Arthritis is linked to your gut bacteria
“Immunologists have long felt there was a link between gut bacteria and autoimmune diseases”, Diane Mathis of Harvard Medical School confirmed to Science magazine. Arthritis and particularly rheumatoid arthritis seems to be no exception.
The magazine quotes Sonya Angelone (a spokesperson and nutrition consultant at the US Academy of Nutrition and Dietectics) as saying “People with inflammatory arthritis have been shown to have inflammation of the intestinal tract, which results in increased intestinal permeability,” and that “probiotics may be able to help decrease the inflammation associated with increased intestinal permeability,” which lets certain bacteria into the bloodstream, triggering inflammation.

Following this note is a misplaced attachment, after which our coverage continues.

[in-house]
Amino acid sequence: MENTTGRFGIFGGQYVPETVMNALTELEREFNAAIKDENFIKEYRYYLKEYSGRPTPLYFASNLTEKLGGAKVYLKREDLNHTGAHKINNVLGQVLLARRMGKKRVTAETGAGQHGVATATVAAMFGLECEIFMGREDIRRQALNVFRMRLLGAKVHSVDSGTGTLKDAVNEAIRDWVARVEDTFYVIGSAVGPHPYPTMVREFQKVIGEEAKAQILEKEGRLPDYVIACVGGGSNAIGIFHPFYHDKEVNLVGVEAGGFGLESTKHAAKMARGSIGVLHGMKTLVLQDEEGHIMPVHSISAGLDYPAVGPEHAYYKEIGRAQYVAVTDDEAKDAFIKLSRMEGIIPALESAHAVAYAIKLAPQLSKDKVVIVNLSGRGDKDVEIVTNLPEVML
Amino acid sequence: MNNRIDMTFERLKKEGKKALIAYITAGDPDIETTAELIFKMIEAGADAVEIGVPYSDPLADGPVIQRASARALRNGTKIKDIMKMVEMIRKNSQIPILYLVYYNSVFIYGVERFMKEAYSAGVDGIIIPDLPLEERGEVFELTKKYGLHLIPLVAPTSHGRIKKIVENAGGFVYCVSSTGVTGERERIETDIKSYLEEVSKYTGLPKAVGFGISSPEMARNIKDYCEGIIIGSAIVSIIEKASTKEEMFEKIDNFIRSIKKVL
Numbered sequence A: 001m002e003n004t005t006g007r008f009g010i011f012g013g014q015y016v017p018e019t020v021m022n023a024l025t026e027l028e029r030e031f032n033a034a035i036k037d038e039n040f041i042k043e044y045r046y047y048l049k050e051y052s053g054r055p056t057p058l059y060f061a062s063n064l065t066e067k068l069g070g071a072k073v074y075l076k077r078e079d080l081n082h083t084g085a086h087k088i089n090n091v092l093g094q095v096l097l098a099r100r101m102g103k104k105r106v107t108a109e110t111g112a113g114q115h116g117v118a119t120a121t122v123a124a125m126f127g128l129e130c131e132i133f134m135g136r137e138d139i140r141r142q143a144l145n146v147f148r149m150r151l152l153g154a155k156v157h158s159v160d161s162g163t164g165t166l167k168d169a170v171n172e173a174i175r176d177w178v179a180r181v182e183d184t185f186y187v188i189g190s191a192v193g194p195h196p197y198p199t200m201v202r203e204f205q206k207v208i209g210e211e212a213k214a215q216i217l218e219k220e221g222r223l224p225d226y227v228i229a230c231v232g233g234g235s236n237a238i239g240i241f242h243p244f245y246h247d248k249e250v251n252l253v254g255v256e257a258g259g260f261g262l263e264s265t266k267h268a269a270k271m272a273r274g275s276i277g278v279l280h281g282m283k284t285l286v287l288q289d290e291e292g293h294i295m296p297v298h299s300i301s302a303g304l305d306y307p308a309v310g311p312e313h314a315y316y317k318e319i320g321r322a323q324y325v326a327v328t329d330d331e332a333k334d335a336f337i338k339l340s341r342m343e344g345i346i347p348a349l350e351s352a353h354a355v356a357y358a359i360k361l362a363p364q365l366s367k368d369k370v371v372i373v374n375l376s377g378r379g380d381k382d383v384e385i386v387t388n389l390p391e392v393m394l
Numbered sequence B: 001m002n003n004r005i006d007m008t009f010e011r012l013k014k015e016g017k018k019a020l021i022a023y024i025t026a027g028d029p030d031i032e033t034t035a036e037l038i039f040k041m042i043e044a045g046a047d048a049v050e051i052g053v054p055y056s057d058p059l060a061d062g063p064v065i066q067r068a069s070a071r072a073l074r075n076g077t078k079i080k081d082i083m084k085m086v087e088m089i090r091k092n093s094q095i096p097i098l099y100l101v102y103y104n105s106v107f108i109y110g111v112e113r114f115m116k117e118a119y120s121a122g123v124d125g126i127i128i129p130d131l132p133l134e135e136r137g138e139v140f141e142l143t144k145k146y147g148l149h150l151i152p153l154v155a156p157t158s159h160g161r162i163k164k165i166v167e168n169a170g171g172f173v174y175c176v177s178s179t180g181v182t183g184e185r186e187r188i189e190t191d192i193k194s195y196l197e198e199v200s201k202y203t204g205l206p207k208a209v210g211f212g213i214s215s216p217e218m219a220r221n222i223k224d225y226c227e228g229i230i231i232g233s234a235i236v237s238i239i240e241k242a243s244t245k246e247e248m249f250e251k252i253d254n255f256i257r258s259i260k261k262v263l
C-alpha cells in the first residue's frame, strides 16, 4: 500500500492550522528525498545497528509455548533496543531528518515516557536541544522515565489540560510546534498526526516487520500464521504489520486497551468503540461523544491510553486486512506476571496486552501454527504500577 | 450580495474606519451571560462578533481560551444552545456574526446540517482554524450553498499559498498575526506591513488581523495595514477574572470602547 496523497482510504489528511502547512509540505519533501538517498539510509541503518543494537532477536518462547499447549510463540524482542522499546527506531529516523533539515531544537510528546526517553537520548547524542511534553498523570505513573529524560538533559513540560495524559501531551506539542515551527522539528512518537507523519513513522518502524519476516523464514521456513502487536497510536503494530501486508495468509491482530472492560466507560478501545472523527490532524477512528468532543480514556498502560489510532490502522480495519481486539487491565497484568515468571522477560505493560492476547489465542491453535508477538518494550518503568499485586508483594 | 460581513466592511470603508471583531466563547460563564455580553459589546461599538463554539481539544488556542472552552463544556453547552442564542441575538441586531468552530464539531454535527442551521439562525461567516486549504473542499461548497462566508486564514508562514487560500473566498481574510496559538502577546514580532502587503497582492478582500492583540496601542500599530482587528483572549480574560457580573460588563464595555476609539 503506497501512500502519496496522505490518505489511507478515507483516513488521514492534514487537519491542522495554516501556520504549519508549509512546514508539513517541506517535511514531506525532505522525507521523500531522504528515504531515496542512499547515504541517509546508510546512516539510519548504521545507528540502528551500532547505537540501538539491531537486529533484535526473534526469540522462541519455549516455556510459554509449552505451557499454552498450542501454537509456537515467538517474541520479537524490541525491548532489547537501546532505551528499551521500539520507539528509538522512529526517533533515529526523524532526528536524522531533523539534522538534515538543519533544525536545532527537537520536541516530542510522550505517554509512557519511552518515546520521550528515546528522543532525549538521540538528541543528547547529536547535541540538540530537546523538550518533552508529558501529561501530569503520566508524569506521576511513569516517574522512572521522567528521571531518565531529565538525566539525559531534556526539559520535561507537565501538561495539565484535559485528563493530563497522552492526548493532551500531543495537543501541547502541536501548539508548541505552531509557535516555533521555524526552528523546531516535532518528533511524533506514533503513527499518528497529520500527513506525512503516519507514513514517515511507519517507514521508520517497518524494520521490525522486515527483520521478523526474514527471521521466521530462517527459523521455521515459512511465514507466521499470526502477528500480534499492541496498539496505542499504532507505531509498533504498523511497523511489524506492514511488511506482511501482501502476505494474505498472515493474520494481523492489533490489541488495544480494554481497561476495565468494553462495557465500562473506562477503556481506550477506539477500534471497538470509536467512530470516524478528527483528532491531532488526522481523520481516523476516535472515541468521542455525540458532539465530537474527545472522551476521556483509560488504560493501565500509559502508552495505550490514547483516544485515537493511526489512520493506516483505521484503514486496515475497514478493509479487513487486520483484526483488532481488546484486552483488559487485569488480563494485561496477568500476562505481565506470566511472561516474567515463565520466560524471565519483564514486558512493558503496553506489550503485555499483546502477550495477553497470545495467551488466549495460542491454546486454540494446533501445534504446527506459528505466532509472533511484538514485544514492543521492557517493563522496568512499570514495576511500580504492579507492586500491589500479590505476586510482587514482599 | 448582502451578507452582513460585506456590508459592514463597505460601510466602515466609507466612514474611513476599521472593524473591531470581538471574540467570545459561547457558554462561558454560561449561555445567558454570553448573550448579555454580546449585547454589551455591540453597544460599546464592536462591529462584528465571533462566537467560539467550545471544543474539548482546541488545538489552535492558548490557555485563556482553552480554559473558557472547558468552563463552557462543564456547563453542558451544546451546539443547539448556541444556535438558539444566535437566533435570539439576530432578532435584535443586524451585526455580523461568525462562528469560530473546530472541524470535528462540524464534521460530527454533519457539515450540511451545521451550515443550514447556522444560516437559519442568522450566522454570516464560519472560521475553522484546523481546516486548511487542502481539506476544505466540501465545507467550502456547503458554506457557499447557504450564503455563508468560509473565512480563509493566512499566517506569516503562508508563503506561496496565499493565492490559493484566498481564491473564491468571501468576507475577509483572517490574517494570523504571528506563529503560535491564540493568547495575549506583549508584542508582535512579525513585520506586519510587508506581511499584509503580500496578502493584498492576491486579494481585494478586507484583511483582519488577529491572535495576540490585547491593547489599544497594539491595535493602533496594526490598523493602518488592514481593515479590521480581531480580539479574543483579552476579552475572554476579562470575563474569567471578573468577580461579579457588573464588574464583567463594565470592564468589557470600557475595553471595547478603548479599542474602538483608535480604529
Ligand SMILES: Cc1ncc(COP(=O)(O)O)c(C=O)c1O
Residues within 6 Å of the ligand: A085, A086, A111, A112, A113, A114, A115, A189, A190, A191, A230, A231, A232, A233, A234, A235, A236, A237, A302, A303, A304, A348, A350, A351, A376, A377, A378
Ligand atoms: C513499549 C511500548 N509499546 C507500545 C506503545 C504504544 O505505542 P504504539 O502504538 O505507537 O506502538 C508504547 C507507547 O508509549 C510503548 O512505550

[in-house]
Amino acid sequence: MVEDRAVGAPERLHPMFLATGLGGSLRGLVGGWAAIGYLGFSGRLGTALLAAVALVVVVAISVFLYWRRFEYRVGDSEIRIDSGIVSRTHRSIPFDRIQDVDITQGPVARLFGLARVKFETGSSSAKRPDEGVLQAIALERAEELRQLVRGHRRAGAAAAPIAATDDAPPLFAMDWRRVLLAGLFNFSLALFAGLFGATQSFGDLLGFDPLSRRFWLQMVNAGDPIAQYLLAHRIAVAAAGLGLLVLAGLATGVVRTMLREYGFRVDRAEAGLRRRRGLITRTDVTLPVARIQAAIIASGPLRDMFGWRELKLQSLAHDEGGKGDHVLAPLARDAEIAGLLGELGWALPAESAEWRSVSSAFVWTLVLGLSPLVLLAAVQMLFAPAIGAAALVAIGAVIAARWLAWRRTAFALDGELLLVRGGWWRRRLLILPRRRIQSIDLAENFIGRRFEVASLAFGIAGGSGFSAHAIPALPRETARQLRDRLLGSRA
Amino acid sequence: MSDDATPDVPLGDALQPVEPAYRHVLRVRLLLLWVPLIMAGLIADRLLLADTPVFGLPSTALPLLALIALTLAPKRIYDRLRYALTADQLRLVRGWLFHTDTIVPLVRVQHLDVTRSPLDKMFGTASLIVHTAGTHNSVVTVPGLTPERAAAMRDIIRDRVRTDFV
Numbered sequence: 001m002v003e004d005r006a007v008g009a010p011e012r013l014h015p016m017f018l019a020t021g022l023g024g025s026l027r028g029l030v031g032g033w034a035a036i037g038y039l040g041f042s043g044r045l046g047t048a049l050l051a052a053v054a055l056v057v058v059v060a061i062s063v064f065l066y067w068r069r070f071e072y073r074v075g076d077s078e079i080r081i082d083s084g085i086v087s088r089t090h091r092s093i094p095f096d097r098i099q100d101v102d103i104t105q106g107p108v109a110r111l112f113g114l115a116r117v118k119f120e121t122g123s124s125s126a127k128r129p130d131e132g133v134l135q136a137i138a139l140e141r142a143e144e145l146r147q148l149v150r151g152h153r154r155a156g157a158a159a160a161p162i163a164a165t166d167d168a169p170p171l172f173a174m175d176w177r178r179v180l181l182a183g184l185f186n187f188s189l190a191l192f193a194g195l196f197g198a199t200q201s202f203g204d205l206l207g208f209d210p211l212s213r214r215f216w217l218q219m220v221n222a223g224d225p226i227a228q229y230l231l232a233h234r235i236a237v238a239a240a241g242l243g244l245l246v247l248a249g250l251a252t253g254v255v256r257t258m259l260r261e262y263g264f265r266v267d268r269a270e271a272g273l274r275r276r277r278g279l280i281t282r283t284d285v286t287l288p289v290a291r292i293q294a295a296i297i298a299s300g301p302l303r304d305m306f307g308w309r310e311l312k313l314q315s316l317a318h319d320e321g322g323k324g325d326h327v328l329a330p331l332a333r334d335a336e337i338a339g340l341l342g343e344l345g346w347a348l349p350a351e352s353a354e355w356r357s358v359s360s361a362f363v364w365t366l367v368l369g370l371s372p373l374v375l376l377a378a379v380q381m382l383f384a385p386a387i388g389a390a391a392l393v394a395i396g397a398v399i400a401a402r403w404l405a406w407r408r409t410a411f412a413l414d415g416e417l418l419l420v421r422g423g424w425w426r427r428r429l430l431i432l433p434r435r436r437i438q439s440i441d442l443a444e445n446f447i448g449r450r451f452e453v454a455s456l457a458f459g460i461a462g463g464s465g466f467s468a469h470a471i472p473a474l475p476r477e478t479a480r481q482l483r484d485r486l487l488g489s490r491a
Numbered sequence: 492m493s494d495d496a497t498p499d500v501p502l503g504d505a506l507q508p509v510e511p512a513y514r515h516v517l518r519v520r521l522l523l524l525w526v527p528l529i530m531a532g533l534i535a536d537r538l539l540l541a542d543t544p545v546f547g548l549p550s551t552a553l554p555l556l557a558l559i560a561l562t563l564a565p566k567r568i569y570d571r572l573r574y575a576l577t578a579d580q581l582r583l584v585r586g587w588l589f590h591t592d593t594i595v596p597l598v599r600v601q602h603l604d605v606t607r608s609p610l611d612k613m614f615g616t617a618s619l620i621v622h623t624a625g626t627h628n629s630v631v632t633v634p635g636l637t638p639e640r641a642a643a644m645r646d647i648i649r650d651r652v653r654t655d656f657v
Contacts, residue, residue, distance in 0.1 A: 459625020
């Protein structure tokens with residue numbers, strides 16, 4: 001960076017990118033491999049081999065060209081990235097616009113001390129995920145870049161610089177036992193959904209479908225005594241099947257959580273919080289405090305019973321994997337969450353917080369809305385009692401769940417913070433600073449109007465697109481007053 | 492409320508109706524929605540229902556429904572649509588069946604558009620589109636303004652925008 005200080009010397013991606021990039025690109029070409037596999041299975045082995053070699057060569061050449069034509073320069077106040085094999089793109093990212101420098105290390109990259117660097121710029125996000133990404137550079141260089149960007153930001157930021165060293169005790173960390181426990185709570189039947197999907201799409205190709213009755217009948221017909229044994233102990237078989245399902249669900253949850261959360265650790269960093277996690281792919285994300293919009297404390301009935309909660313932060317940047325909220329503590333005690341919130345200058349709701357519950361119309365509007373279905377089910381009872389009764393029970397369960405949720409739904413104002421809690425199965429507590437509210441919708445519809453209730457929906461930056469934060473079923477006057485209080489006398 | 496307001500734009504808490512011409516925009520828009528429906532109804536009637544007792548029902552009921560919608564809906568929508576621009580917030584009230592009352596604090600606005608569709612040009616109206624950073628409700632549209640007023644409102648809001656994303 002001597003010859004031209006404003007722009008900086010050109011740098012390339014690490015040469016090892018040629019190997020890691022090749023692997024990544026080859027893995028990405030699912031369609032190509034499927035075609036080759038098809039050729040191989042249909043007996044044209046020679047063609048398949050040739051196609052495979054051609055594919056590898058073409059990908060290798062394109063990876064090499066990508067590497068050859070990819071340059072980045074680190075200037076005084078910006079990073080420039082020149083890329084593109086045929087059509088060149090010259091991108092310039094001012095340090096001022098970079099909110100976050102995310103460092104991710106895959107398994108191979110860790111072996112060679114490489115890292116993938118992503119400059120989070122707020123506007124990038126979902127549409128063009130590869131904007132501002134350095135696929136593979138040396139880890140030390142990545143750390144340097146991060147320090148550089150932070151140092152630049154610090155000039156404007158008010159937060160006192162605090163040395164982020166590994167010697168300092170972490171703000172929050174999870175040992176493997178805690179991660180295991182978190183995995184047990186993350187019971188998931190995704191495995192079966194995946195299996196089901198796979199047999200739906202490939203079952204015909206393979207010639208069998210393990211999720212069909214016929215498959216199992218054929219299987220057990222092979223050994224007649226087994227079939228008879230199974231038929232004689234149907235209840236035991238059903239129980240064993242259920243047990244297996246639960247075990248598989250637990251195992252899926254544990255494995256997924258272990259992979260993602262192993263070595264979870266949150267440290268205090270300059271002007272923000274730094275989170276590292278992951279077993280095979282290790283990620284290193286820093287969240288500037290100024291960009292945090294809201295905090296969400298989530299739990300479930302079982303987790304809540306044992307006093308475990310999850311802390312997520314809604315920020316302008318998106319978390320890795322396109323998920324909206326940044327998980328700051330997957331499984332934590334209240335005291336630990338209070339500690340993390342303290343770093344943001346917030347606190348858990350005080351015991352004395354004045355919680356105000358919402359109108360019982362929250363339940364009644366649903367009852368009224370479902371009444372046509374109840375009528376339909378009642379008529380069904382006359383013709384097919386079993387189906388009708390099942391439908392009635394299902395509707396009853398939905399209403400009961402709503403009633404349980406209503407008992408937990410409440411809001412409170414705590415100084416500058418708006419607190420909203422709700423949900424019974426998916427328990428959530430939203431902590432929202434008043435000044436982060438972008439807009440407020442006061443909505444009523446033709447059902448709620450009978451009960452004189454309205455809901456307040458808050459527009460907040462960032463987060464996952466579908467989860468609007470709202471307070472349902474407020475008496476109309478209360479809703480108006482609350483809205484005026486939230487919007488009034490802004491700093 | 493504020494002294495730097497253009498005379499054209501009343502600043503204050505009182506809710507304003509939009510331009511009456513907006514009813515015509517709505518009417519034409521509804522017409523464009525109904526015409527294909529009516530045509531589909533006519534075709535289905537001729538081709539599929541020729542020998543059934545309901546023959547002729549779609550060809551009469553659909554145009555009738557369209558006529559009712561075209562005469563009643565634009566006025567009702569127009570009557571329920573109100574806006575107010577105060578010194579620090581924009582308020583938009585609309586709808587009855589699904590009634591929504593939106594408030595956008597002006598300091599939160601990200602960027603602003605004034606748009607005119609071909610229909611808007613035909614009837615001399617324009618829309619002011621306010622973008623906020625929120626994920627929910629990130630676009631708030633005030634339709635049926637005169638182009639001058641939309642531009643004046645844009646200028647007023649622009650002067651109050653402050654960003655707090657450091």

Probiotics may be taken as supplements or by eating certain foods such as sauerkraut, kombucha, live yoghurt, kefir, tempeh and kimchi.
“There is an intimate relationship between gut bacteria and disease,” Jeremy P. Burton, PhD, an assistant professor at the Canadian Centre for Human Microbiome and Probiotics, told The Arthritis Foundation. “Whenever there is a chronic disease that impacts the intestinal tract, including [autoimmune types of] arthritis, there is the potential to treat it with probiotics.”
We know. That’s why Chris Woollams wrote ‘Heal Your Gut – Heal Your Body’.